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Interpol and FBI to forge closer ties against terrorism and cybercrime

Lyon, France – Interpol and the US Federal Bureau of Investigation (FBI) are to forge closer ties in combating organized crime and terrorism in the face of an ever-increasing number and range of global threats.

The enhanced cooperation between the two organizations follows a high-level meeting between FBI Director James Comey and INTERPOL Secretary General Jürgen Stock at the world police body’s General Secretariat headquarters in Lyon, France.

One of the main areas identified for increased information-sharing was in counter-terrorism, in particular the identification and interdiction of foreign terrorist fighters. With UN Security Council Resolution 2178 identifying INTERPOL as the ‘global law enforcement information sharing’ platform against foreign fighters, more than 50 countries including the US, have already provided information to INTERPOL on some 5,000 suspected and confirmed fighters linked to Syria and Iraq.

“International partnerships remain critical as we work to keep our nations safe from crime,” said FBI Director James Comey.

“Recent events underscore the pervasive nature of international terrorism and the increased need to share information. INTERPOL plays a crucial role by ensuring law enforcement agencies have access to real-time intelligence, which assists in identifying and countering common threats in order to protect those we serve,” added Director Comey.

Strengthening combined efforts in targeting organized crime was also a key area for discussion, especially in combating child exploitation, anti-corruption and asset recovery.

Director Comey was updated on the development of new operational tools being developed by INTERPOL to assist law enforcement in tracing and recovering criminal assets and combating corruption. These include the proposed creation of a new INTERPOL notice to assist member countries to locate, identify, obtain information about, monitor, seize, freeze and/or confiscate assets.

“As we face an ever-increasing range and scope of crime and terror threats, international cooperation between law enforcement agencies has never been so important,” said Secretary General Stock.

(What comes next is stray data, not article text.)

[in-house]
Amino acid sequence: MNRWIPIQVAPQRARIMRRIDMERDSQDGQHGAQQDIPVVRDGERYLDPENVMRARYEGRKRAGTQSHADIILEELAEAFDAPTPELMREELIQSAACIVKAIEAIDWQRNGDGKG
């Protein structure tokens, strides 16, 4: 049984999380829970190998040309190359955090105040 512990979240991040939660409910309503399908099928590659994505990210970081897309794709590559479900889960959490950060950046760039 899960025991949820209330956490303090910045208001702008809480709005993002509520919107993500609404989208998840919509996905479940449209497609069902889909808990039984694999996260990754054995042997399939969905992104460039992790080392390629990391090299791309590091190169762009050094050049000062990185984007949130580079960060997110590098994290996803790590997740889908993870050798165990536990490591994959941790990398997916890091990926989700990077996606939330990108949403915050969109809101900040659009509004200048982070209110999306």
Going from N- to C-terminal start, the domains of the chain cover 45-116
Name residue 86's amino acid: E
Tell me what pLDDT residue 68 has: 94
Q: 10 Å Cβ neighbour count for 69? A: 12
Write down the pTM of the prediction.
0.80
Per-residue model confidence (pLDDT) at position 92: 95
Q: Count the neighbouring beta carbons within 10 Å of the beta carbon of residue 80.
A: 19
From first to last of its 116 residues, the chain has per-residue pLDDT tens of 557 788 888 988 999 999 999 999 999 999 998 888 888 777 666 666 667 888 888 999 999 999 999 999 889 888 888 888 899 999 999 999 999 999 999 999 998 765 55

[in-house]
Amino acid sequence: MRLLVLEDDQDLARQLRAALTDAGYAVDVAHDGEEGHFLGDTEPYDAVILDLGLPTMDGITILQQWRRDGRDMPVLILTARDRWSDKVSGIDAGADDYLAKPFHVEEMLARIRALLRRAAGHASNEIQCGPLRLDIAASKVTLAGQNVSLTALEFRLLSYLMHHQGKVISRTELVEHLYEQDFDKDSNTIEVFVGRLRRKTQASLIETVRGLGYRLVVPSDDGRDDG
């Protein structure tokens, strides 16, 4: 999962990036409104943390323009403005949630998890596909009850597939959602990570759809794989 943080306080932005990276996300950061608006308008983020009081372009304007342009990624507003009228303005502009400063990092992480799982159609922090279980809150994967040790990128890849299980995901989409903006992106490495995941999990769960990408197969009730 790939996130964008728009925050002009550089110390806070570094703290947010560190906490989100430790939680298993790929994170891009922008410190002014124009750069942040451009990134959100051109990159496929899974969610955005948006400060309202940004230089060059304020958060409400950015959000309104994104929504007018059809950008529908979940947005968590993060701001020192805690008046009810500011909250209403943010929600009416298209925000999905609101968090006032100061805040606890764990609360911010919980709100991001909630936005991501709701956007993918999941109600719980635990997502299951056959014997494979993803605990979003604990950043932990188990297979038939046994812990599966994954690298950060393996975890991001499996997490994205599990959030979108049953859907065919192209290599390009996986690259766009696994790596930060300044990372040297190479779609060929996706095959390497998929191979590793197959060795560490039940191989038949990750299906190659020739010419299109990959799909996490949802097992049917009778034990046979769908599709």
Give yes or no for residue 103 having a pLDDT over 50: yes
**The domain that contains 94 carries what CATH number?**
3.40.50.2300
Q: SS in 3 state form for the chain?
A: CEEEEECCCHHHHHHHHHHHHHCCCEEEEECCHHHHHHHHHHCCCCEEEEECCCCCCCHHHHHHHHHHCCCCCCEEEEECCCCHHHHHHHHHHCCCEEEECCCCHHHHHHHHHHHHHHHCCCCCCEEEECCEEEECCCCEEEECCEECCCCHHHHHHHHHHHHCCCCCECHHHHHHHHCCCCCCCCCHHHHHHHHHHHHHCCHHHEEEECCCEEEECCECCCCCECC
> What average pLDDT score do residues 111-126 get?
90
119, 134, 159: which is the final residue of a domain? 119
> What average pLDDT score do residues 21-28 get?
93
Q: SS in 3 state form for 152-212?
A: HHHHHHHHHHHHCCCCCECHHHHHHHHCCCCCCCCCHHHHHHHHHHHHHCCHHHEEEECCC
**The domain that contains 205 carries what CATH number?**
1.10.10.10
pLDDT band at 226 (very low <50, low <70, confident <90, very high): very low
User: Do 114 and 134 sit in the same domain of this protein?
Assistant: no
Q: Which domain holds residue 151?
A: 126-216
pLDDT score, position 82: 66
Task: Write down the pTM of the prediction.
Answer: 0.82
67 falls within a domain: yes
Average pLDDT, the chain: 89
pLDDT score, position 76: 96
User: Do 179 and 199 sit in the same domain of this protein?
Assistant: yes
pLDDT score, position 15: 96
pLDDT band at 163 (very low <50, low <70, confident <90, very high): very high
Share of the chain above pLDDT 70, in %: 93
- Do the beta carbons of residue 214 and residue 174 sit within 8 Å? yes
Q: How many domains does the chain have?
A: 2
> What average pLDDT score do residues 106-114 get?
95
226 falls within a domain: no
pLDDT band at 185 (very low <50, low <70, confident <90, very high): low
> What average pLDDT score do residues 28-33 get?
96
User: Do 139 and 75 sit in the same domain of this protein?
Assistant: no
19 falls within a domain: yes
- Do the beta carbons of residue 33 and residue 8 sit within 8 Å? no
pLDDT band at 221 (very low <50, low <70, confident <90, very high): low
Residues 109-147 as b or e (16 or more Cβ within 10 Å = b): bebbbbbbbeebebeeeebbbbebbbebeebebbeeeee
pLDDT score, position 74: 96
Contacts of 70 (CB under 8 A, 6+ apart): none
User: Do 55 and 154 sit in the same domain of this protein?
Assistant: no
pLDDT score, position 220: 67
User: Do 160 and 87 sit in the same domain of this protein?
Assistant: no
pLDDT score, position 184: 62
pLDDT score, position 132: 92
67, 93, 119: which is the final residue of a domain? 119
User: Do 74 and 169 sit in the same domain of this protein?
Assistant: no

“INTERPOL plays a unique role in assisting police in each of our 190 member countries to identify and share intelligence leads, bridge information gaps and disrupt the organized networks behind a range of crimes which are often interlinked.

“However, this is not possible without the support and input from agencies such as the FBI, and I look forward to our working even more closely in the future to the benefit of the global law enforcement community and citizens worldwide,” concluded the INTERPOL Chief.

Connecting the FBI to the International Child Sexual Exploitation (ICSE) image database hosted at the INTERPOL General Secretariat, which helps coordinate global efforts against online child abuse, was also identified as an important area for future cooperation and to avoid duplication of effort.

The ICSE database helps identify an average of eight victims of child sexual abuse every day.  More than 7,600 victims and 3,800 offenders have been identified thanks to the global collaboration of specialized law enforcement officers using the ICSE database.

As the continued expansion of access to the Internet provides organized crime networks with increased opportunities to commit cybercrime, often to fund other illegal activities, cybersecurity was also high on the agenda.

Earlier this year the FBI took part in an INTERPOL-coordinated operation targeting the ‘Simda’ botnet which had infected an estimated 700,000 computers worldwide and resulted in the seizure of servers used by cyber criminals to gain remote access to computers around the world.

The FBI also provides significant support to INTERPOL’s Chemical, Biological, Radiological, Nuclear and Explosives programme both financially and in the secondment of staff.

 

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